A very good friend of mine works at a startup.  They don’t have a formal performance appraisal process.  No year-end reviews, calibrations, roundtables, or personnel profile edits to make.  No application to update with highlights and no dashboard with their personal Key Performance Indicator results.  I don’t even think they have KPI’s; they have “Total Sales”.  On one hand, they have made a conscious effort as a company not to bog their employees down with these sorts of reviews and deemed it as something they manage on a recurring basis throughout the year (i.e. rewarding success and reprimanding failure).  On the other hand, the employees don’t have much to look back on in terms of a “year in review” unless they complete it in silo.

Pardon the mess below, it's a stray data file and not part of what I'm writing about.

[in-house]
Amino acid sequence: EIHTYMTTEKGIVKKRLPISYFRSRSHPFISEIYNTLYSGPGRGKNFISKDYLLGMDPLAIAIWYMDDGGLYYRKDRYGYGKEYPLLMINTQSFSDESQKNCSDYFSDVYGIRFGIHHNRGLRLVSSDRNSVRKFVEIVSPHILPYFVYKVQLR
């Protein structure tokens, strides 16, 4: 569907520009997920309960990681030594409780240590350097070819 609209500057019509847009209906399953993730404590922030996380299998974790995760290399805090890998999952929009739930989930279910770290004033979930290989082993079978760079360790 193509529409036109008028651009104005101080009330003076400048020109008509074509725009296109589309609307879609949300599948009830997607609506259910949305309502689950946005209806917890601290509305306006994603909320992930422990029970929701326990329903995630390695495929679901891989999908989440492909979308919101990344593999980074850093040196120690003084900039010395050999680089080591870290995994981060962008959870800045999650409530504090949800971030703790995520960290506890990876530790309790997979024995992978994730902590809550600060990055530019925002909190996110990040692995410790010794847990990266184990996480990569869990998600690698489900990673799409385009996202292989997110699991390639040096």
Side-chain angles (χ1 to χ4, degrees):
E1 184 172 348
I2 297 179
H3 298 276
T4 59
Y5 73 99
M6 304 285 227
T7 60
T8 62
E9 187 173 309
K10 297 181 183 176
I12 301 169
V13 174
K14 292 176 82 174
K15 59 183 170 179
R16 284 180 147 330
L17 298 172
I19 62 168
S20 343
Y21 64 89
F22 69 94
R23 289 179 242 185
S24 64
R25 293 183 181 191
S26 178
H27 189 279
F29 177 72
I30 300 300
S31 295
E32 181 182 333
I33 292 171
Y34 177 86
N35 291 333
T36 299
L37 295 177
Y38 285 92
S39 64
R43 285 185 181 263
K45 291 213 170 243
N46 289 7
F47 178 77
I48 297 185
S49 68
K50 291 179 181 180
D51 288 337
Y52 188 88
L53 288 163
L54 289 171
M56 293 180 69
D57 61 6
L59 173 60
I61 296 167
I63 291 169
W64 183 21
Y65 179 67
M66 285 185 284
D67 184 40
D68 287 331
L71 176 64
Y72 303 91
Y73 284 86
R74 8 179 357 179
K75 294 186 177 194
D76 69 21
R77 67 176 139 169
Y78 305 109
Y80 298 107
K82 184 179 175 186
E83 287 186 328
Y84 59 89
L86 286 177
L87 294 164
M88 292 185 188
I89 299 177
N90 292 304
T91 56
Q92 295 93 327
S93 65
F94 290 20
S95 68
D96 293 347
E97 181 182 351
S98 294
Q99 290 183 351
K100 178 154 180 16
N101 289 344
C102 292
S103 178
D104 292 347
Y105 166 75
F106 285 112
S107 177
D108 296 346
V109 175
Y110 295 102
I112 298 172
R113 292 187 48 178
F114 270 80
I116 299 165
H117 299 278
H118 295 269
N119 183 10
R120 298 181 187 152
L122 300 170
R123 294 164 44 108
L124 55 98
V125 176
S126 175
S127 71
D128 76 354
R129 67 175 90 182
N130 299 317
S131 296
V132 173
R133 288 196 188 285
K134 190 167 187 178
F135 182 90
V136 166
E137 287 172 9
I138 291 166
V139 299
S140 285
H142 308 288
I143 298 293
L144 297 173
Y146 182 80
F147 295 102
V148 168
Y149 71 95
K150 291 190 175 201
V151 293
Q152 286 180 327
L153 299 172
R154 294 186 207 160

I, conversely, work at a massive company with over 100,000 global employees.  We have applications and processes to manage our annual performance reviews.  We have a timeline of year end review activities to complete with our mentors and our management, and a multi-layered evaluation form we are called to complete which aims to provide a holistic view of our accomplishments and progress across the full spectrum of defined functional areas our company has designated as relevant for assessment purposes.  We have KPI targets; our scores are tracked against the goals.  Each year, I PDF my annual review and archive it so I can more easily update my resume so I am not losing sight of everything I have accomplished.  But, truth be told, the process is largely extremely painful and the last thing I look forward to doing heading into the holidays (let alone the fact that I am responsible for presenting my counselees reviews in roundtables as well – an added layer of accountability and yet another speedbump in the race to the New Year).